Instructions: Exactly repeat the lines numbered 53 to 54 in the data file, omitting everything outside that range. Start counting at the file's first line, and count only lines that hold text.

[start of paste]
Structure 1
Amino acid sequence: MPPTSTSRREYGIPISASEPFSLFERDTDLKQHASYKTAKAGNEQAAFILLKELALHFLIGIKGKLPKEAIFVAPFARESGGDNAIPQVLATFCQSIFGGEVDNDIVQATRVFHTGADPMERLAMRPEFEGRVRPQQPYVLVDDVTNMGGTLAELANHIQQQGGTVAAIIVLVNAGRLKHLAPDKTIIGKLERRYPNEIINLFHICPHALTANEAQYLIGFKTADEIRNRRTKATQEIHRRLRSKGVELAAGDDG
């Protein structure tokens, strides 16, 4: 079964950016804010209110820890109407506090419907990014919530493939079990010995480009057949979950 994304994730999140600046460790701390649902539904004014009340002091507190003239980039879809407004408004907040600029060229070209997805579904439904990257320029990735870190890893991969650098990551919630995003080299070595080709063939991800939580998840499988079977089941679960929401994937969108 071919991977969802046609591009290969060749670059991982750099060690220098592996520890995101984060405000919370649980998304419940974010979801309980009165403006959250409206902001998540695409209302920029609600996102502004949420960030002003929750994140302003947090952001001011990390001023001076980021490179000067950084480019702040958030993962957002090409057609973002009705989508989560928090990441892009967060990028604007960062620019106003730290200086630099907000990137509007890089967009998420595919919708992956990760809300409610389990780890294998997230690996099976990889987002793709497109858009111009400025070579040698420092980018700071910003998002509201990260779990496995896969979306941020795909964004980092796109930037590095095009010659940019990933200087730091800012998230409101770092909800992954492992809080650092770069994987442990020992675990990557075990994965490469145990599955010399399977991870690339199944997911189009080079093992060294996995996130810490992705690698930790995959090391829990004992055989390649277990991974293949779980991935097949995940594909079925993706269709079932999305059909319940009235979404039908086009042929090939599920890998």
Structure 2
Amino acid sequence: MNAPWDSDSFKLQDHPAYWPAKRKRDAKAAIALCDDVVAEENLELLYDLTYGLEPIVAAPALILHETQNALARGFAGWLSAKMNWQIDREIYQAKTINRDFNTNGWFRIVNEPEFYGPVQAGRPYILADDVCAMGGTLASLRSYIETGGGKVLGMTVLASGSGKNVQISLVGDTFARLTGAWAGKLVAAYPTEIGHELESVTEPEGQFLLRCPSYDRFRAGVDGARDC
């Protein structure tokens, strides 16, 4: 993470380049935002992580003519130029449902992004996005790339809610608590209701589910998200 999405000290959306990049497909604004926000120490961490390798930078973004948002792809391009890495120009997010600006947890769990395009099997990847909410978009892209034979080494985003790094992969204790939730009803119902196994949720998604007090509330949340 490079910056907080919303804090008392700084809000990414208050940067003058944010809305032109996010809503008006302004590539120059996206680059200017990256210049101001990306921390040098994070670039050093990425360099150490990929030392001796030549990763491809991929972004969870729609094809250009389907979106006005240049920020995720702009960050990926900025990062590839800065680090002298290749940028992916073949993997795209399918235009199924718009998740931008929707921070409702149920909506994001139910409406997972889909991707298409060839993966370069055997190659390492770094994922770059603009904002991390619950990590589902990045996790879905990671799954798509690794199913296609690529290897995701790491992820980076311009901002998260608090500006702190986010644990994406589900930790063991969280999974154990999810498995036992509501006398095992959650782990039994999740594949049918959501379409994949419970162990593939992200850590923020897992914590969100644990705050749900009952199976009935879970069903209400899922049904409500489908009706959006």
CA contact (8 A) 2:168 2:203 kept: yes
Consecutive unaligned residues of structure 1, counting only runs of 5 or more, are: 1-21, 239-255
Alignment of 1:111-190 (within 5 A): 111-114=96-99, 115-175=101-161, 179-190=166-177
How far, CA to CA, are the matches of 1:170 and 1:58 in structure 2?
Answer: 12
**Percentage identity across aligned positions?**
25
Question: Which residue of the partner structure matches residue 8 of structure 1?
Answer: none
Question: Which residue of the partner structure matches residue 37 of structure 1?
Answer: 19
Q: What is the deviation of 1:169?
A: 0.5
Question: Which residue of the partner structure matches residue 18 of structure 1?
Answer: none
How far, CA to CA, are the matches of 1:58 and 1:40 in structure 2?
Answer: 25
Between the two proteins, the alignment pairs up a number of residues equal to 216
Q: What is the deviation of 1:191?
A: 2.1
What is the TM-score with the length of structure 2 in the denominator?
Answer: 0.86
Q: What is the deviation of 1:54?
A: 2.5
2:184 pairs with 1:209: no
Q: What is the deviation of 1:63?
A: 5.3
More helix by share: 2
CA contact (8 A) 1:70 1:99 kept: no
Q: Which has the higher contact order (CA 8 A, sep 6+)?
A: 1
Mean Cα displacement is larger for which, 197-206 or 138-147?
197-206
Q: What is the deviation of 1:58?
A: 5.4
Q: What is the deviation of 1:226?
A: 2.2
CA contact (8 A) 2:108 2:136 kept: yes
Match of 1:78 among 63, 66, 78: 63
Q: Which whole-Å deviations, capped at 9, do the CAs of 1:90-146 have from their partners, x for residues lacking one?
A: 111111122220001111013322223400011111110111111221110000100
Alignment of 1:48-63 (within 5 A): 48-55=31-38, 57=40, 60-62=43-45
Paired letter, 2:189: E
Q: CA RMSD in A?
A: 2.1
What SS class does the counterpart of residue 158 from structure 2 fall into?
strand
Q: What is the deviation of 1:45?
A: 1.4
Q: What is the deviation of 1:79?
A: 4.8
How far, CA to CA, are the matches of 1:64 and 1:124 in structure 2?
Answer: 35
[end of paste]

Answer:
strand
Q: What is the deviation of 1:45?